The above quotation is by none other than Bishop Fulton Sheen, care of a fascinating site called Vatican II at Fifty – http://vaticaniiat50.wordpress.com/2014/11/18/interview-with-bishop-fulton-sheen-on-councils-communionistic-revolution/

  4. Huh, never would have guessed Bishop Fulton Sheen! And yet I still stand by my statement, even if I do have the advantage of seeing fifty years of the Council “working.”

    Giving up your proper trappings and going out to see the poor instead of inviting them to see you just strikes me as a rich man feeling guilty because he knows he has too much to be a proper steward. A poor man often wants a safe haven, and for them to come to your home and have you treat him as any other man (not giving less, giving more, or “dressing down) usually does more for his dignity than less.

    And of course while that’s not always true, to not be able to consider it is to open the door to abuses much more than to fresh air.

  5. Th eFathers of the Second Vatican Council were THE best Catholic Fathers ever.

    EVER.

    They were THE most Blessed ever.

    They were the ones who were MOST in love with Christ.

    They were THE ones MOST ready to fulfill His Mission.

    Don;t ale my word for it, those are the words of Pope Blessed Paui VI at the close of the second session of the counci:

    Let us rejoice, my brothers, for when was the Church ever so aware of herself, so in love with Christ, so blessed, so united, so willing to imitate Him, so ready to fulfill His mission? Let us rejoice, my brothers, for we have learned to understand one another and to deal with one another, and, though we were almost strangers, through the process of union we have become friends. Have we not profoundly experienced here the words of St. Paul which accurately define the Church: “Now you are no longer strangers and newcomers, but rather fellow citizens of the saints and members of the household of God, built, as you are, upon the foundations laid by the Apostles and the prophets, where the very cornerstone is Christ Jesus” (Eph. 2, 19-20)?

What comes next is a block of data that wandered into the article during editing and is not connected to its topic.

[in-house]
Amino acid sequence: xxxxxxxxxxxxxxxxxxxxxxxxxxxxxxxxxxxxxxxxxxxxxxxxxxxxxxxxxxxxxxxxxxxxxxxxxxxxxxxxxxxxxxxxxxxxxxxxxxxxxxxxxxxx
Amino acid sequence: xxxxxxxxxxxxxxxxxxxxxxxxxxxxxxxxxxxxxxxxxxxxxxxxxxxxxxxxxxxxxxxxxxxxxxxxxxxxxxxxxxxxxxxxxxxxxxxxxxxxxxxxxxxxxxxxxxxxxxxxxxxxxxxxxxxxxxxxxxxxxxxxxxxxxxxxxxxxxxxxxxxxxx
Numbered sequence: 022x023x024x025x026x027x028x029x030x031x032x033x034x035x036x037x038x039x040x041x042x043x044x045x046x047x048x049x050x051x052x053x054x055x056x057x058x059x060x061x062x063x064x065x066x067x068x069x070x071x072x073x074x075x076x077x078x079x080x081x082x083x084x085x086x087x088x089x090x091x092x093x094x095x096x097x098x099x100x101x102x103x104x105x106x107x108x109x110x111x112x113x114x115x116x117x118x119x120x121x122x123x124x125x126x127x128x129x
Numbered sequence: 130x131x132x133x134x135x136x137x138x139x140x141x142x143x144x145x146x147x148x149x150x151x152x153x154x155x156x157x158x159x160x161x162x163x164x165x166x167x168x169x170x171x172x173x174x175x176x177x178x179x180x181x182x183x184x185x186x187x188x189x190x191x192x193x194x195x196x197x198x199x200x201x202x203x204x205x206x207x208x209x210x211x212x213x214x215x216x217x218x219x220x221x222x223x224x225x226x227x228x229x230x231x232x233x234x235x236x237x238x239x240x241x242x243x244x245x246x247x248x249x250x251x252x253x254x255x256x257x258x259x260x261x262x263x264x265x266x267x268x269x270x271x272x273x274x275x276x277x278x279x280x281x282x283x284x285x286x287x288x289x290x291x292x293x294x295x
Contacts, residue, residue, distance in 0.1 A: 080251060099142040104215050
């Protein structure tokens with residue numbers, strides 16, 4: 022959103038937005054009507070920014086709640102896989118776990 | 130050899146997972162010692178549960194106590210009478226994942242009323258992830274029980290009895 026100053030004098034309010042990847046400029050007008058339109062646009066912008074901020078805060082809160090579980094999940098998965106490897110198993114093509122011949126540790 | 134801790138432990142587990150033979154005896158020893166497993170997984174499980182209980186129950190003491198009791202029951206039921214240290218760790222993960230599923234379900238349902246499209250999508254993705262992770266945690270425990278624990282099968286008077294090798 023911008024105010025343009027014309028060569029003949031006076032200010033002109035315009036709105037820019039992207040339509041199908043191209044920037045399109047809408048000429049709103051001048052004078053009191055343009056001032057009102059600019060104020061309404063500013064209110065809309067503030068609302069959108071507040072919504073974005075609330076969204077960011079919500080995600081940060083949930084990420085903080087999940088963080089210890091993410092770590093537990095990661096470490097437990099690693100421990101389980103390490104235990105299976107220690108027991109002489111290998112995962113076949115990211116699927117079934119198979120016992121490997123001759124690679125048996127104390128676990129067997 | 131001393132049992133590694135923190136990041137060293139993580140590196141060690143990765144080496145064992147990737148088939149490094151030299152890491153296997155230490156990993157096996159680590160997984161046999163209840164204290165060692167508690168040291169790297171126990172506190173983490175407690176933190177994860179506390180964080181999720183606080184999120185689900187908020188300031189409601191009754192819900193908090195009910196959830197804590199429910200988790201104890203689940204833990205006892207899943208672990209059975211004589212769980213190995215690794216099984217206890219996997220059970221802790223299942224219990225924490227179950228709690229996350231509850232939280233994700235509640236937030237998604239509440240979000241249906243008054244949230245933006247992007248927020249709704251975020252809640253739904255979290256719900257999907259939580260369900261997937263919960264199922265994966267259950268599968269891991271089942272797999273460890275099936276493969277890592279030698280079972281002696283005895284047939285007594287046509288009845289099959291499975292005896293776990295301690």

If you can’t stand the humility get out of the council.

  6. Branch says:

    Bishop Sheen?! I don’t understand. How can saints have gone along with this and essentially thrown other saints under the bus?

  7. “If you can’t stand the humility get out of the council.”

    Ha! That sums it up.

    Seriously, though, language like that always feels like daring evil forces to act. I suppose the same could be said for making the papacy too “regal” but if that’s what you’re saying when you make yourself a pauper…

    And slightly tangential, okay Pope Francis claimed he didn’t want to go to the Vatican concerts, but was he aware that they’d keep his empty chair prominently in place?

  8. I say he knew full well how it would look. He is a master of “optics”. The Catholic Obama. My latest piece at One Peter Five is about the semiotic revolution that he apotheosizes:

    http://www.onepeterfive.com/an-orwellian-reform-of-worship-we-have-always-been-at-war-with-liturgica/

  9. Branch. If V2 did that to a solid Bishop, just imagine what it did to the ordinary Ordinary.

    It seems clear to me that the Bishops and periti at V2 really did think they were the cat’s pajamas and the ecclesiastical enthusiasm and all of the torment and tumultuous times made them go all cray cat in full monty mode.

    If you have read past councils, you know that such arrogant boasting of one’s spiritual acuity and spiritual prowess is completely at odds with Tradition.

    Fulfill His mission of Sanctification, Salvation, and conversion of the nations?

    Pull the other one. His mission has been abandoned in favor of a naturalistic agenda.

    Lord, how many of our Prelates now retain the fullness of the Catholic Faith?

    The facts belie every single indefensible word spoken by he-who-will-sonn-be-canonised.

    Continuity, continuity, and all is continuity.

  10. Branch says:

    That’s what I don’t understand: it is one thing for a solid Bishop to be duped, but it is another for a host of them (we must assume they are indeed solid, I guess) to have been canonized, isn’t it? For that seems to me to place a stamp of approval on what happened. And, more deeply, it calls into question all that came before, because if V2 is somehow synonymous with holiness, then what do we make the holiness that preceded it, holiness which was very much at odds with “the world,” among other things?